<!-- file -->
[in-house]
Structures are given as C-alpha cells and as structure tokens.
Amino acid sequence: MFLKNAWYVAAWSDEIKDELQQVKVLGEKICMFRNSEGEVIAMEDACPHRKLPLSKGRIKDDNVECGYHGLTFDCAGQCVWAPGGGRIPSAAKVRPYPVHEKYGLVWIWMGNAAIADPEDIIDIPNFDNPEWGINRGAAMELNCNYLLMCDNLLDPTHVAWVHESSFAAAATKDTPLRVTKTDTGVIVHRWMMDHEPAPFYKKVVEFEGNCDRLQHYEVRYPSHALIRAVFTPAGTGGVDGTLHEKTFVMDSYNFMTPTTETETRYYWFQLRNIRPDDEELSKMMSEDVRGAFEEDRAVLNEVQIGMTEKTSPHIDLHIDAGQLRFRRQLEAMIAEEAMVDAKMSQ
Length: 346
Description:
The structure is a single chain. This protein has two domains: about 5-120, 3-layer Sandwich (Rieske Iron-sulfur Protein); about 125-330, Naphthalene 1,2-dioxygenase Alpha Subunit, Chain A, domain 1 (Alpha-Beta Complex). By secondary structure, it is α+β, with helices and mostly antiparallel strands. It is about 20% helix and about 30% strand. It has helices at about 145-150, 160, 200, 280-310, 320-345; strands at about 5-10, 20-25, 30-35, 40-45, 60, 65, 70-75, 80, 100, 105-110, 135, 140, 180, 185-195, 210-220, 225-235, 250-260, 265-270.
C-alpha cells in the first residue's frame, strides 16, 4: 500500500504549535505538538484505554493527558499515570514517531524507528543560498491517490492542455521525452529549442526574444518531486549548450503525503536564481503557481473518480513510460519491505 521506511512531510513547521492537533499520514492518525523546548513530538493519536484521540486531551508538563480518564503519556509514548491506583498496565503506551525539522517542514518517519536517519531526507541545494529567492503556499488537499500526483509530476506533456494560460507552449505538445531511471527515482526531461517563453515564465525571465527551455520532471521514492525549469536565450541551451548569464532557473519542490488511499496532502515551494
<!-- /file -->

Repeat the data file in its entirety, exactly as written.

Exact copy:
[in-house]
Structures are given as C-alpha cells and as structure tokens.
Amino acid sequence: MFLKNAWYVAAWSDEIKDELQQVKVLGEKICMFRNSEGEVIAMEDACPHRKLPLSKGRIKDDNVECGYHGLTFDCAGQCVWAPGGGRIPSAAKVRPYPVHEKYGLVWIWMGNAAIADPEDIIDIPNFDNPEWGINRGAAMELNCNYLLMCDNLLDPTHVAWVHESSFAAAATKDTPLRVTKTDTGVIVHRWMMDHEPAPFYKKVVEFEGNCDRLQHYEVRYPSHALIRAVFTPAGTGGVDGTLHEKTFVMDSYNFMTPTTETETRYYWFQLRNIRPDDEELSKMMSEDVRGAFEEDRAVLNEVQIGMTEKTSPHIDLHIDAGQLRFRRQLEAMIAEEAMVDAKMSQ
Length: 346
Description:
The structure is a single chain. This protein has two domains: about 5-120, 3-layer Sandwich (Rieske Iron-sulfur Protein); about 125-330, Naphthalene 1,2-dioxygenase Alpha Subunit, Chain A, domain 1 (Alpha-Beta Complex). By secondary structure, it is α+β, with helices and mostly antiparallel strands. It is about 20% helix and about 30% strand. It has helices at about 145-150, 160, 200, 280-310, 320-345; strands at about 5-10, 20-25, 30-35, 40-45, 60, 65, 70-75, 80, 100, 105-110, 135, 140, 180, 185-195, 210-220, 225-235, 250-260, 265-270.
C-alpha cells in the first residue's frame, strides 16, 4: 500500500504549535505538538484505554493527558499515570514517531524507528543560498491517490492542455521525452529549442526574444518531486549548450503525503536564481503557481473518480513510460519491505 521506511512531510513547521492537533499520514492518525523546548513530538493519536484521540486531551508538563480518564503519556509514548491506583498496565503506551525539522517542514518517519536517519531526507541545494529567492503556499488537499500526483509530476506533456494560460507552449505538445531511471527515482526531461517563453515564465525571465527551455520532471521514492525549469536565450541551451548569464532557473519542490488511499496532502515551494